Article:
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OCBC eyeing forex fray for overseas travel spending

OCBC is mulling the launch of a multi-currency account with a debit card function for overseas travel and online shopping in foreign currencies (FX), stepping into the competitive fray for such popular services in the last few years as launched by banks, fintechs and telcos.


OCBC is mulling the launch of a multi-currency account with a debit card function for overseas travel and online shopping in foreign currencies (FX), stepping into the competitive fray for such popular services in the last few years as launched by banks, fintechs and telcos.

The Business Times understands that OCBC has been looking at the ways in which it can launch its service, either by building the platform in-house, or hiring a vendor to do so.

The decision, among other things, can come down to the fee structure: building a platform in-house will mean upfront costs that can run up to a couple of million dollars. Hiring a vendor could mean paying the vendor a recurring fee based on usage volume.

In response to queries from BT, Tan Siew Lee, head of wealth management Singapore at OCBC, said: "We are currently exploring various opportunities to enhance the FX needs of our customers for investments, education and even travel."

OCBC already has a multi-currency account, through which customers can save and transact in eight different currencies. There has been increased interest in its multi-currency account, she added.

The multi-currency account offering used to be mainly aimed at wealth customers who wanted to make an additional FX spread pick-up on their savings, assuming they anticipate FX changes right. Parents can also lock in better FX rates before sending their children overseas to study in countries such as UK, US, and Australia.

But this focus changed in early 2017 when DBS launched its multi-currency account that came attached with a Visa debit card.

The account allowed users to change Singdollar into foreign currencies that included the major G4 currencies, the Hong Kong dollar, the Australian dollar and the Thai baht, and spend the foreign currencies when they travel overseas using the debit card.

The move, in effect, disrupts moneychangers, as travellers could use the card to pay for overseas expenses when they travel.

And by debiting directly in the foreign currency, customers also avoid higher FX and conversion fees on their credit card spending overseas. The debit card can be used for online purchases denominated in foreign currencies, too.

DBS told The Business Times that the foreign-currency spend on the MCA Visa Debit card jumped by more than two times in 2018 from a year ago. "We can expect this traction to sustain and grow," said a spokesman.

DBS also uses this service to grow its deposits. To discourage a low balance in the multi-currency accounts, those with a balance below the average daily balance of S$3,000 incur a S$5 charge monthly. DBS said deposit balances in its multi-currency accounts have increased by more than 20 per cent in 2018 from a year ago.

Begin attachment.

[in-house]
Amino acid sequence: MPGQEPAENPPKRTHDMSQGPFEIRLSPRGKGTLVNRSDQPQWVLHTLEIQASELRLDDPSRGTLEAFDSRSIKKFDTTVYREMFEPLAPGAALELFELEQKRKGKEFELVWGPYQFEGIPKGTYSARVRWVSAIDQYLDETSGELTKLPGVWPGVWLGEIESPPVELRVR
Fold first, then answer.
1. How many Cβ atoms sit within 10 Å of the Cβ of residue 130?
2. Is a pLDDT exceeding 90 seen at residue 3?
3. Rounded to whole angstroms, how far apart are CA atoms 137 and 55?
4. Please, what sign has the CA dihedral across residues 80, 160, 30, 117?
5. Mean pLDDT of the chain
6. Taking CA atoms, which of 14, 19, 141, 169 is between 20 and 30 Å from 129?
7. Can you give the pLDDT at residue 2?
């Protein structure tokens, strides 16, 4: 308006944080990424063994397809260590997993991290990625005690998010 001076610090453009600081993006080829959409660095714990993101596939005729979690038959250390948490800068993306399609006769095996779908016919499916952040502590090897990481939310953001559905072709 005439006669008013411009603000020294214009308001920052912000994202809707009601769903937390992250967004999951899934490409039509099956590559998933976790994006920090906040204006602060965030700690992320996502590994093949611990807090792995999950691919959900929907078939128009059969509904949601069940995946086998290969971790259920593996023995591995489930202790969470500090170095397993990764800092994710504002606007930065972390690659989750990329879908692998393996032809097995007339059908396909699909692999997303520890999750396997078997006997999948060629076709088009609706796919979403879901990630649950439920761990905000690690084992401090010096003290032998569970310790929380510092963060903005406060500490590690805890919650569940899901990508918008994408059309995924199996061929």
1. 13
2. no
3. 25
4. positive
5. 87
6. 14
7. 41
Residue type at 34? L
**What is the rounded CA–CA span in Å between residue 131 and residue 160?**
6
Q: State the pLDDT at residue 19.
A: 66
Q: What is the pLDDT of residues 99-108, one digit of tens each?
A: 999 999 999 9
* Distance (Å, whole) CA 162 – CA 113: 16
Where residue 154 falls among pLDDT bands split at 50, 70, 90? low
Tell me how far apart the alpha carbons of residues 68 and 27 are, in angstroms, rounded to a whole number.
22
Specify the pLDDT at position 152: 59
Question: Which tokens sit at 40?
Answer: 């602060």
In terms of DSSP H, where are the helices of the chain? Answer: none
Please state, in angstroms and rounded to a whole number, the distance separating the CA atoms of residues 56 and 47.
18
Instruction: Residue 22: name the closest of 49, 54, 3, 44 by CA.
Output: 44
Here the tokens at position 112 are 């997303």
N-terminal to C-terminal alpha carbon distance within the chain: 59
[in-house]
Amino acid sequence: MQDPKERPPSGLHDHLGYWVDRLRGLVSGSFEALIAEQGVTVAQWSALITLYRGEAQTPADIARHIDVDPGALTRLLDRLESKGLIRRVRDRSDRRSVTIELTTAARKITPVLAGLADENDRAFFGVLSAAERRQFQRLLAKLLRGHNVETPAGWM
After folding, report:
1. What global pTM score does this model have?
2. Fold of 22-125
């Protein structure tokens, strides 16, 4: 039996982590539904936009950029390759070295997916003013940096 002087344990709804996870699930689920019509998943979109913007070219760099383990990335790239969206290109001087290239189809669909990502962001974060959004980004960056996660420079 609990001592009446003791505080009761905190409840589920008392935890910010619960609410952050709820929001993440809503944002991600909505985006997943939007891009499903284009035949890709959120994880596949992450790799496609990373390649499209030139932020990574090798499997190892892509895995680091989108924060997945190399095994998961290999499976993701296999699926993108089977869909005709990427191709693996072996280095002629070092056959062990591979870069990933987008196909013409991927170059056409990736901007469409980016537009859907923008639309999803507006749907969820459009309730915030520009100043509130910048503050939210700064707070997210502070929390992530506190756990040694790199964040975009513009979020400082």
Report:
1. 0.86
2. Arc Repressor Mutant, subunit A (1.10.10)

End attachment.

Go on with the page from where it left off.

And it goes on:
"We observed that customers who transact more with the multi-currency account have also increased their deposit balances in both Singdollar and in foreign currencies," the spokesman said.

DBS has expanded the services provided under the multi-currency account, offering zero-fee remittance, as well as trade settlement on DBS Vickers in foreign currencies.

UOB, which launched its multi-currency service called Mighty FX in January last year, has also seen surging demand for this service. It told BT the number of Mighty FX accounts surged at an average of about 13 per cent month-on-month from January 2018 to January 2019.

The average amount converted on Mighty FX stands at about S$1,430. The average number of transactions made per month is about 4,000, with the top currencies - by number of conversions - being the greenback, the Australian dollar, and the euro.

UOB's pursuit of deposits via this service is less rigid: users of Mighty FX need a base savings account with UOB, though the minimum balance of those accounts can be just S$1,000.

Aaron Chiew, head of digital and mobile, regional digital banking, at UOB, said many customers are using Mighty FX to change currencies in real-time, or to set alerts to convert the currencies at a rate they prefer.

Competition in the multi-currency service has heated up in the last few months. RHB in September last year launched its multi-currency card wallet RHB TravelFX, which does not require users to be RHB banking clients.

The battle has extended to fintechs and telcos, as they muscle into the payments space that offer a new revenue stream via FX conversion.

EZ-Link, You Technologies Group and Mastercard offer YouTrip, a multi-currency mobile wallet that allows users to pay in several currencies.

Singtel in October last year launched VIA, its cross-border mobile payment alliance with regional associate AIS and Kasikornbank, Thailand's largest digital bank. The service allows users of Singtel's Dash wallet to make payments in Thai baht at popular tourist locations.

The eventual aim is to turn Singtel Dash into a "roaming wallet" for cross-border payments. Singtel has said it would expand this service in India, the Philippines and Indonesia, through its associates. All in, the Singtel group has access to more than 700 million customers in the region.

READ MORE: UOB speeds ahead on cross-border payment